Blockbuster Beat by Matt Lynch Featured Film

Cats | Tom Hooper

December 19, 2019

Arguably the most indelible Broadway show of all time, it might be surprising that Cats took nearly forty years to be turned into a movie. At least until you see the movie they made. The King’s Speech’s Tom Hooper has put away the 18mm lens that gives his movies that weird fish-eye effect and substituted it with motion-capture tech and something called digital fur. He’s gathered a huge roster of stars and thrown as much money at it as it took to get this thing made. But it’s almost as if nobody involved in the production of Cats the movie has ever actually bothered to watch Cats the show, and so one of the most jawdroppingly dull spectacles of the stage has become possibly the most misguided and annoying film of 2019.

As if nobody involved in the production of Cats the movie has ever actually bothered to watch Cats the show.

The film (based on Andrew Lloyd-Webber’s musical, based initially on poems by T.S. Eliot) is the story of the Jellicle Cats (don’t ask), who meet once a year under the Jellicle Moon (I said don’t ask) to attend the Jellicle Ball, at the end of which one of them will be selected to ascend to Cat Heaven (which they call the Heaviside Layer). One at a time, Cat characters with stupid names like Bustopher Jones or Rumpleteaser or Rum Tum Tugger or Jennyanydots appear, sing as song about who they are and what they do, and at the end one of them is rewarded with a ride on a flying chandelier (in the show it’s a tire, but the film has been relocated from a junkyard to an abandoned theater). It’s the thinnest of clotheslines upon which to hang a bunch of now-very-famous but frequently nonsensical songs (like, of course Memory, or Skimbleshanks the Railway Cat, in which it is revealed that a cat controls the train for some reason). It’s a reality talent competition in which every last contestant completely embarrasses themselves.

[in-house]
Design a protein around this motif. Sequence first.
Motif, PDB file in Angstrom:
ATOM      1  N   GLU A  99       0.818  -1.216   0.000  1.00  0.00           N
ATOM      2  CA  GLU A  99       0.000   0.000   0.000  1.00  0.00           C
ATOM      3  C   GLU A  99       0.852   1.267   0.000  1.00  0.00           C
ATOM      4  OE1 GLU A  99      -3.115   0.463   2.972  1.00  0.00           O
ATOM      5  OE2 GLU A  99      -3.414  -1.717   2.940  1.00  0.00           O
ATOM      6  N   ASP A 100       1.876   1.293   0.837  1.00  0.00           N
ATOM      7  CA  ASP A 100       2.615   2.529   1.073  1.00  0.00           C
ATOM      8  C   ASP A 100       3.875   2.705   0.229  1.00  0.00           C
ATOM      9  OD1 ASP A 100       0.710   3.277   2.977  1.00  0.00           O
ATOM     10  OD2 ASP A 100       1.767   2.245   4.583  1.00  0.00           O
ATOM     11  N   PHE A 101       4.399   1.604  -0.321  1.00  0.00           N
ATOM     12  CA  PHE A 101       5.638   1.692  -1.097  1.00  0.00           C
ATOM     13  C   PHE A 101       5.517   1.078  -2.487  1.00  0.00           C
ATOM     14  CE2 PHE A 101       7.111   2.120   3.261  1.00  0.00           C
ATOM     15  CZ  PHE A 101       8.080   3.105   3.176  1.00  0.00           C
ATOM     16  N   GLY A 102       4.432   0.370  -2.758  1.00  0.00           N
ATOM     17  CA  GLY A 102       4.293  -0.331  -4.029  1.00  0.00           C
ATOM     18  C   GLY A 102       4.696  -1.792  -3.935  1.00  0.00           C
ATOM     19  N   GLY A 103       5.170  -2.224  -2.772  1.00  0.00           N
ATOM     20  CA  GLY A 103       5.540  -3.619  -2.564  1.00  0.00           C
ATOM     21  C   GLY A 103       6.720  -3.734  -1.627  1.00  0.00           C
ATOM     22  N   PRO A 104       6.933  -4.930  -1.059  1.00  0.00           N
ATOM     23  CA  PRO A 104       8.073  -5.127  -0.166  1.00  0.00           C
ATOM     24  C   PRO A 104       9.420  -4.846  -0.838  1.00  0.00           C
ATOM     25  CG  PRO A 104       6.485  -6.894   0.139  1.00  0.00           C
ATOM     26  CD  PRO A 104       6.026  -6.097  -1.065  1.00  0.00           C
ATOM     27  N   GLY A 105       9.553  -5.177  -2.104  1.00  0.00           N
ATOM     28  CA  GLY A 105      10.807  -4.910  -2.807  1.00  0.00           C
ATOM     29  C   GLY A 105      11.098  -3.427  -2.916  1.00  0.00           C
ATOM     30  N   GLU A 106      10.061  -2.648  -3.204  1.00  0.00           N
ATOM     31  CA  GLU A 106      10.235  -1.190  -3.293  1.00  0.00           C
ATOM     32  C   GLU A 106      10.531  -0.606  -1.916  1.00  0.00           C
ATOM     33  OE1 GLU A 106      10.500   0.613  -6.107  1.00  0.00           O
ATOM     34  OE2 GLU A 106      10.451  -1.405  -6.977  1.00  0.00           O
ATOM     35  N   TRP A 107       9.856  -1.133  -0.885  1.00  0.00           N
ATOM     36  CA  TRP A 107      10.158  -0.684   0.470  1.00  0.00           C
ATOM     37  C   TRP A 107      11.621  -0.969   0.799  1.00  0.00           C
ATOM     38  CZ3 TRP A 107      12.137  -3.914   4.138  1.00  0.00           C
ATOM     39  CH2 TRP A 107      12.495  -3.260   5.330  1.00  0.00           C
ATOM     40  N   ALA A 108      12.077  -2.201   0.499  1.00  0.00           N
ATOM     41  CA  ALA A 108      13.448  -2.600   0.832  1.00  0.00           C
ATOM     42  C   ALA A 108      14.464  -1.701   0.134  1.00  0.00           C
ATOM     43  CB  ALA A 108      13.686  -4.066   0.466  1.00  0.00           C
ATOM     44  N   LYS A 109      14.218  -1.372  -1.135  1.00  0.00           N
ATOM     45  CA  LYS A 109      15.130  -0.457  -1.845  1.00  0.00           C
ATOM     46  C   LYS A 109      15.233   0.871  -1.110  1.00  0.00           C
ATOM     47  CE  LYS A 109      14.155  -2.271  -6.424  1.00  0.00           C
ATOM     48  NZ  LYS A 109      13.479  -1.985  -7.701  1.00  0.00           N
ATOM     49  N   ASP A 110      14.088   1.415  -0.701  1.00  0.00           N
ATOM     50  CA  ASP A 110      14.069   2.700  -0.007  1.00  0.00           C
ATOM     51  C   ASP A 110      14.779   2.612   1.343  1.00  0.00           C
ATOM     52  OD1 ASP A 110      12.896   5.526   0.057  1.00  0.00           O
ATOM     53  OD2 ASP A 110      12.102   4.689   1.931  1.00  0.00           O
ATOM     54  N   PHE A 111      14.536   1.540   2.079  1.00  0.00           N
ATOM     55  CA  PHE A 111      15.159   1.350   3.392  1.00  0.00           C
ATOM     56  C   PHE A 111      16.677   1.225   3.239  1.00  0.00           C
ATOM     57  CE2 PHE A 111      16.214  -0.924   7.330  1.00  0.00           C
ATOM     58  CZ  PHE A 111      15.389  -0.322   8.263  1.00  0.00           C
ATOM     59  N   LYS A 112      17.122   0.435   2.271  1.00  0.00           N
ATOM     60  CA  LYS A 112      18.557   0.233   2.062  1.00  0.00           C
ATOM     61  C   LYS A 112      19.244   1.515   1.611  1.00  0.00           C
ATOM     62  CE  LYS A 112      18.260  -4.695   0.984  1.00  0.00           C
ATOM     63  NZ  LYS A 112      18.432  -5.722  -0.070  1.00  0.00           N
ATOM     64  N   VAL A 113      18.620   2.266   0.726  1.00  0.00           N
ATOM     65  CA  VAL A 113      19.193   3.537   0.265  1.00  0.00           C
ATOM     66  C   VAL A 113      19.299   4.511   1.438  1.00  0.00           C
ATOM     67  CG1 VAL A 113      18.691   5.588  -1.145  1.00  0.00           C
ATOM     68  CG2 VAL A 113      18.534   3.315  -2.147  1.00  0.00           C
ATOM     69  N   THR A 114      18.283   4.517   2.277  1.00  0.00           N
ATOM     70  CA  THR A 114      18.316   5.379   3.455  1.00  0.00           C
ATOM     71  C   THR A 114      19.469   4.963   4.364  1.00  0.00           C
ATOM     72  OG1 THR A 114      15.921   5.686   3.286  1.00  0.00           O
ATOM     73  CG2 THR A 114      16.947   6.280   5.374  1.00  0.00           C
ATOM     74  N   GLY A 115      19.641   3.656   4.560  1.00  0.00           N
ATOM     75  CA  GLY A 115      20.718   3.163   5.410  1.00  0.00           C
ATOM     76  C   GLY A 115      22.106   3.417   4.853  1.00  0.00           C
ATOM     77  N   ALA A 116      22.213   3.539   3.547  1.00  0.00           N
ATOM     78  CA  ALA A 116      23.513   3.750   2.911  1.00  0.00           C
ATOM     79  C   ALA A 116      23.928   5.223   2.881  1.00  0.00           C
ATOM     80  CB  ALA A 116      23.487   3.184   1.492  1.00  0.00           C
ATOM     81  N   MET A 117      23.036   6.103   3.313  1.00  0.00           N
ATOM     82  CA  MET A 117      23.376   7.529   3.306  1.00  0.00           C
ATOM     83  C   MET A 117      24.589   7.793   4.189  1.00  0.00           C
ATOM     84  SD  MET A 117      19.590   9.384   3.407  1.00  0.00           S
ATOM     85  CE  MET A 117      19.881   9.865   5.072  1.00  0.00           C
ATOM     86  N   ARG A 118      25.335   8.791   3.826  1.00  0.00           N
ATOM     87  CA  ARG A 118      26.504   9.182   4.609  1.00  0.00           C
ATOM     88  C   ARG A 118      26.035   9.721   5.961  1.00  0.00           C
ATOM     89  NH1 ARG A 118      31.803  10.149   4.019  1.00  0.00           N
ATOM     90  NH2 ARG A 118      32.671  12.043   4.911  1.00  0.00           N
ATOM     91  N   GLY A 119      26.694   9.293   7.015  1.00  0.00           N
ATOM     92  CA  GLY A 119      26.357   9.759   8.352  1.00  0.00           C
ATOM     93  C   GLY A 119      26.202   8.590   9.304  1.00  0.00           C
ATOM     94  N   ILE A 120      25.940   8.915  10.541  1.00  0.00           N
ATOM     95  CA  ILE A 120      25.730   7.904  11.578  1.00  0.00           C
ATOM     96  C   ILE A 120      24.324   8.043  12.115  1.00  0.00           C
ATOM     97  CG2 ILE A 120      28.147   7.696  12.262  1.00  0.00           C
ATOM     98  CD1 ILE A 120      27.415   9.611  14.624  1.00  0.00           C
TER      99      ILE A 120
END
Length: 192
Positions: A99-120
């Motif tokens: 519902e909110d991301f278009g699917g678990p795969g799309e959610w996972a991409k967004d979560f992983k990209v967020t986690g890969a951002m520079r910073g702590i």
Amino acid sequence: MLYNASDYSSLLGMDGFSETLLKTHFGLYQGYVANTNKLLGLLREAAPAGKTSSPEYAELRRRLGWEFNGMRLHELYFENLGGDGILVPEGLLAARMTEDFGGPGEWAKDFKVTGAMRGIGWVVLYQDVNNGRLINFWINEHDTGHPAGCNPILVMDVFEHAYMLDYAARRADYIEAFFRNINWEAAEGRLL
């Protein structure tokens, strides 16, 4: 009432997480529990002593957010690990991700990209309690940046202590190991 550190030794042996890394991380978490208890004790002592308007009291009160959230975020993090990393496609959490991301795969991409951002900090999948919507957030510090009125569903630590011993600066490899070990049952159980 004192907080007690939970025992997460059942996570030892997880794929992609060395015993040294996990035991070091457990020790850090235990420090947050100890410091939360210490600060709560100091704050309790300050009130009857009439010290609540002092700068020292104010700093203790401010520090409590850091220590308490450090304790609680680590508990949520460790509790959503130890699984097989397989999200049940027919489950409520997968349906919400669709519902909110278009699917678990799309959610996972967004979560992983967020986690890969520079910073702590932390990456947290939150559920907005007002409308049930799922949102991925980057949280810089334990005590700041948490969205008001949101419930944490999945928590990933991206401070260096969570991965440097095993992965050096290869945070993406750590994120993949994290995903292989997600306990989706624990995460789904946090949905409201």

What arguably makes this a popular tale is the catchiness of the songs and, more importantly, the skill of the performers on stage, who basically broke their bodies day in and day out in sweltering makeup and cat costumes to put on a show for tourists. But Hooper’s movie has abandoned the costumes for CGI, mapping his actors’ faces on to motion-captured cat bodies (that still creepily have human fingers and toes). The illusion is a complete and often strikingly ugly failure and a total distraction, getting in the way of the music, the set design, and especially the dancing (which in the most elaborate of cases appears to have been performed by professional dancers with the actors’ head digitally composited on. Much has been made about how creepy the whole thing looks, but once the initial shock wears off, Cats’s potential for nightmare fuel evaporates, leaving just a very monotonous eyesore.